Dexrazoxane Not Associated with Late Mortality in Pediatric Patients

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After extended follow-up, dexrazoxane treatment did not seem to compromise overall survival among pediatric patients with leukemia or lymphoma, according to a report from the Children’s Oncology Group and published online this week in the Journal of Clinical Oncology.

The three clinical trials conducted over a 5-year period were P9404 (T-cell acute lymphoblastic leukemia/lymphoma; n = 537), P9425 (intermediate/high-risk Hodgkin lymphoma; n = 216), and P9426 (low-risk Hodgkin lymphoma; n = 255).

The patients in each trial were randomly assigned to receive dexrazoxane and doxorubicin or doxorubicin alone. The dose ratio for dexrazoxane to doxorubicin was 10:1 where dexrazoxane was given as IV bolus prior to doxorubicin.

Out of 507 patients (1,008 total patients) treated with dexrazoxane, 67 died (132 total deaths) during a median follow-up of 12.6 years.

In general, there was no significant mortality difference based on dexrazoxane status where the mortality with and without dexrazoxane were12.8% and 12.2%, respectively (HR=1.03; 95% CI, 0.73-1.45).

Morality was mostly associated with the original cancer with 76.5% (HR=0.90; 95% CI, 0.61-1.32) of all deaths caused by the original cancer and 13.6% (HR=1.24; 95% CI, 0.49-3.15) of all deaths caused by second cancers.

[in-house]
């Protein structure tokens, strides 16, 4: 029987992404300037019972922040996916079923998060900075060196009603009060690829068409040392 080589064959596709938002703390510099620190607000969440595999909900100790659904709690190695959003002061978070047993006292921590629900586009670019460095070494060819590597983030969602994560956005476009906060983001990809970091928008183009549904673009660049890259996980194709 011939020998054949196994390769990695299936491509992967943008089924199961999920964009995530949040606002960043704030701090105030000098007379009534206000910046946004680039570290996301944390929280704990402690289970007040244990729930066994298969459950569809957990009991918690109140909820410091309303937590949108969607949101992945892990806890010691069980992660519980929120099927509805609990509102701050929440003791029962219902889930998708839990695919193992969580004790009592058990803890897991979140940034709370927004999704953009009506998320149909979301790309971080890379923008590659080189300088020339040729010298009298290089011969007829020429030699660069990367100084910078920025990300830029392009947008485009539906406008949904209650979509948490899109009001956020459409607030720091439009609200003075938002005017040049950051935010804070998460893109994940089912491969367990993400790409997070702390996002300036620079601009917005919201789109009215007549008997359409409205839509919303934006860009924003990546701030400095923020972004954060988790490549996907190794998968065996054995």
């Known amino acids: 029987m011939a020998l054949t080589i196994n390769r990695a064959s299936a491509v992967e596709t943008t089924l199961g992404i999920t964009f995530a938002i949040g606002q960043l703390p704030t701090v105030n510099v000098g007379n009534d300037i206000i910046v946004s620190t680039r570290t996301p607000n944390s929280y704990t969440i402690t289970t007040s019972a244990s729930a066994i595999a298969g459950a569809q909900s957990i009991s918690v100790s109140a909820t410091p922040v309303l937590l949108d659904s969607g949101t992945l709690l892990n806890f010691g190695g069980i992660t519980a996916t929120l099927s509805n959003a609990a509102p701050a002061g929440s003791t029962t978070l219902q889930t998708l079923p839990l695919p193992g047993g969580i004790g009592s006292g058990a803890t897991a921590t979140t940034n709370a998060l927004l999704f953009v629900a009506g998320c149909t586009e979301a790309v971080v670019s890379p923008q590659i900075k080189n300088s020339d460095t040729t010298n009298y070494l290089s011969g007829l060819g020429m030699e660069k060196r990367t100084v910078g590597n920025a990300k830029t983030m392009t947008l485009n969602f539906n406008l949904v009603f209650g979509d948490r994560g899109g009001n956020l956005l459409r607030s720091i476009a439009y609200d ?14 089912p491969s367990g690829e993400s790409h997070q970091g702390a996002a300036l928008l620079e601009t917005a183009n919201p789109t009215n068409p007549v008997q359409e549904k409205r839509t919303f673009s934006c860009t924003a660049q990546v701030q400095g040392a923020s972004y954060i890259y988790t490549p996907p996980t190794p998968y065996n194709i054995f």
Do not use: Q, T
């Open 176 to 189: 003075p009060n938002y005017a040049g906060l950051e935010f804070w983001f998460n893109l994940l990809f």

The researchers found that dexrazoxane was not associated with deaths caused by acute myeloid leukemia/myelodysplasia or cardiovascular events.

Pediatric patients treated with ifosfamide-doxorubicin chemotherapy and radiotherapy experienced sat
Dexrazoxane treatment did not seem to compromise overall survival among pediatric patients with leukemia or lymphoma.
Given concerns that dexrazoxane may reduce treatment efficacy, induce second cancers, and thus compromise overall survival among children, we examined long-term overall and cause-specific mortality and disease relapse rates from three randomized clinical trials.

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